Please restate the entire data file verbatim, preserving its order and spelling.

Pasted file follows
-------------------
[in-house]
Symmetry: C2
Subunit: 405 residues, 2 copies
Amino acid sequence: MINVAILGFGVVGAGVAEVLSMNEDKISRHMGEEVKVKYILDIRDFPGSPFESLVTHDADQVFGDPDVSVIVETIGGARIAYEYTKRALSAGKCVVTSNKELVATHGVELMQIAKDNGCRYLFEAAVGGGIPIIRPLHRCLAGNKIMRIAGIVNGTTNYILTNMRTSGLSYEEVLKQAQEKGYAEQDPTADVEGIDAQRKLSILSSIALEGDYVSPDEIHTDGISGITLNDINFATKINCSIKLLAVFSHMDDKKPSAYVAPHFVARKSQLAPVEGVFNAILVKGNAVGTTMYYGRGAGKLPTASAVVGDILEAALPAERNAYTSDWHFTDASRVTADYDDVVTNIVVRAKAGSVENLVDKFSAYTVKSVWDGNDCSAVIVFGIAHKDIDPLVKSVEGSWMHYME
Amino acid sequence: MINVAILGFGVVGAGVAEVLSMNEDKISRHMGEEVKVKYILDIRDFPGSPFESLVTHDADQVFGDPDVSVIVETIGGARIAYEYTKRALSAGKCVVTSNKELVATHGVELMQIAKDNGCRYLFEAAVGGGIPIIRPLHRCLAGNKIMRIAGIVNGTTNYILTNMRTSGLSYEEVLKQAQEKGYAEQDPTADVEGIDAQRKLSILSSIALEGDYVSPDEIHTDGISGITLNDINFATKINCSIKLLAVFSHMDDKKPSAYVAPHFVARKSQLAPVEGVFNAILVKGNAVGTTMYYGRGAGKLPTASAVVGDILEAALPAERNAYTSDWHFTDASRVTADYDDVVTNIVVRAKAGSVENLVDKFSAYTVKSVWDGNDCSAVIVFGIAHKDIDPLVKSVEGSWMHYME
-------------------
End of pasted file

[in-house]
Symmetry: C2
Subunit: 405 residues, 2 copies
Amino acid sequence: MINVAILGFGVVGAGVAEVLSMNEDKISRHMGEEVKVKYILDIRDFPGSPFESLVTHDADQVFGDPDVSVIVETIGGARIAYEYTKRALSAGKCVVTSNKELVATHGVELMQIAKDNGCRYLFEAAVGGGIPIIRPLHRCLAGNKIMRIAGIVNGTTNYILTNMRTSGLSYEEVLKQAQEKGYAEQDPTADVEGIDAQRKLSILSSIALEGDYVSPDEIHTDGISGITLNDINFATKINCSIKLLAVFSHMDDKKPSAYVAPHFVARKSQLAPVEGVFNAILVKGNAVGTTMYYGRGAGKLPTASAVVGDILEAALPAERNAYTSDWHFTDASRVTADYDDVVTNIVVRAKAGSVENLVDKFSAYTVKSVWDGNDCSAVIVFGIAHKDIDPLVKSVEGSWMHYME
Amino acid sequence: MINVAILGFGVVGAGVAEVLSMNEDKISRHMGEEVKVKYILDIRDFPGSPFESLVTHDADQVFGDPDVSVIVETIGGARIAYEYTKRALSAGKCVVTSNKELVATHGVELMQIAKDNGCRYLFEAAVGGGIPIIRPLHRCLAGNKIMRIAGIVNGTTNYILTNMRTSGLSYEEVLKQAQEKGYAEQDPTADVEGIDAQRKLSILSSIALEGDYVSPDEIHTDGISGITLNDINFATKINCSIKLLAVFSHMDDKKPSAYVAPHFVARKSQLAPVEGVFNAILVKGNAVGTTMYYGRGAGKLPTASAVVGDILEAALPAERNAYTSDWHFTDASRVTADYDDVVTNIVVRAKAGSVENLVDKFSAYTVKSVWDGNDCSAVIVFGIAHKDIDPLVKSVEGSWMHYME